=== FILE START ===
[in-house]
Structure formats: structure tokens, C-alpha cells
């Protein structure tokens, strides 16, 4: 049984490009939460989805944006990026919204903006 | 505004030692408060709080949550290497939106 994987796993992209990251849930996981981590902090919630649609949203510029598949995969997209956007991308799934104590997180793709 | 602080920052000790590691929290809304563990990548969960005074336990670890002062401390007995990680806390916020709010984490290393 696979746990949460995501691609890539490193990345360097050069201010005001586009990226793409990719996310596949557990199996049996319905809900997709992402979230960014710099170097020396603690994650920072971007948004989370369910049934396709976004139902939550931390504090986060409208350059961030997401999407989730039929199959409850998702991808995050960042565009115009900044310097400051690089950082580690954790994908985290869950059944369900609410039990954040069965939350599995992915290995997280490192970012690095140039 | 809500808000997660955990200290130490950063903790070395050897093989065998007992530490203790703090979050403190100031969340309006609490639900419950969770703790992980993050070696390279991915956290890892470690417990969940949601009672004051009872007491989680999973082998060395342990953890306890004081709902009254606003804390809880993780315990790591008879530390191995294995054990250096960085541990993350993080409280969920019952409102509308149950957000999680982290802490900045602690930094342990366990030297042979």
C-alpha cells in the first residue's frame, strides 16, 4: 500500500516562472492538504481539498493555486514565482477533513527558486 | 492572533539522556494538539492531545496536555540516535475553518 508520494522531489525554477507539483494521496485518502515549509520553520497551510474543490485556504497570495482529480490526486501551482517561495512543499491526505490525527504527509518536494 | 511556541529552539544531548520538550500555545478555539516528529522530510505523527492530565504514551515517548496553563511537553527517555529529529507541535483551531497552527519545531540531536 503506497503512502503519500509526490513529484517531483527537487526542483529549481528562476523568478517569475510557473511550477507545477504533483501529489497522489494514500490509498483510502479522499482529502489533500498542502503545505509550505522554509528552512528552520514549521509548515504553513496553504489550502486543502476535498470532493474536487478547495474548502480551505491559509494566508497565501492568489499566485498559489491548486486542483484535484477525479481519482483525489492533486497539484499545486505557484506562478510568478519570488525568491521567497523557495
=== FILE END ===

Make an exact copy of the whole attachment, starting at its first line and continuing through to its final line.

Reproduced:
[in-house]
Structure formats: structure tokens, C-alpha cells
């Protein structure tokens, strides 16, 4: 049984490009939460989805944006990026919204903006 | 505004030692408060709080949550290497939106 994987796993992209990251849930996981981590902090919630649609949203510029598949995969997209956007991308799934104590997180793709 | 602080920052000790590691929290809304563990990548969960005074336990670890002062401390007995990680806390916020709010984490290393 696979746990949460995501691609890539490193990345360097050069201010005001586009990226793409990719996310596949557990199996049996319905809900997709992402979230960014710099170097020396603690994650920072971007948004989370369910049934396709976004139902939550931390504090986060409208350059961030997401999407989730039929199959409850998702991808995050960042565009115009900044310097400051690089950082580690954790994908985290869950059944369900609410039990954040069965939350599995992915290995997280490192970012690095140039 | 809500808000997660955990200290130490950063903790070395050897093989065998007992530490203790703090979050403190100031969340309006609490639900419950969770703790992980993050070696390279991915956290890892470690417990969940949601009672004051009872007491989680999973082998060395342990953890306890004081709902009254606003804390809880993780315990790591008879530390191995294995054990250096960085541990993350993080409280969920019952409102509308149950957000999680982290802490900045602690930094342990366990030297042979």
C-alpha cells in the first residue's frame, strides 16, 4: 500500500516562472492538504481539498493555486514565482477533513527558486 | 492572533539522556494538539492531545496536555540516535475553518 508520494522531489525554477507539483494521496485518502515549509520553520497551510474543490485556504497570495482529480490526486501551482517561495512543499491526505490525527504527509518536494 | 511556541529552539544531548520538550500555545478555539516528529522530510505523527492530565504514551515517548496553563511537553527517555529529529507541535483551531497552527519545531540531536 503506497503512502503519500509526490513529484517531483527537487526542483529549481528562476523568478517569475510557473511550477507545477504533483501529489497522489494514500490509498483510502479522499482529502489533500498542502503545505509550505522554509528552512528552520514549521509548515504553513496553504489550502486543502476535498470532493474536487478547495474548502480551505491559509494566508497565501492568489499566485498559489491548486486542483484535484477525479481519482483525489492533486497539484499545486505557484506562478510568478519570488525568491521567497523557495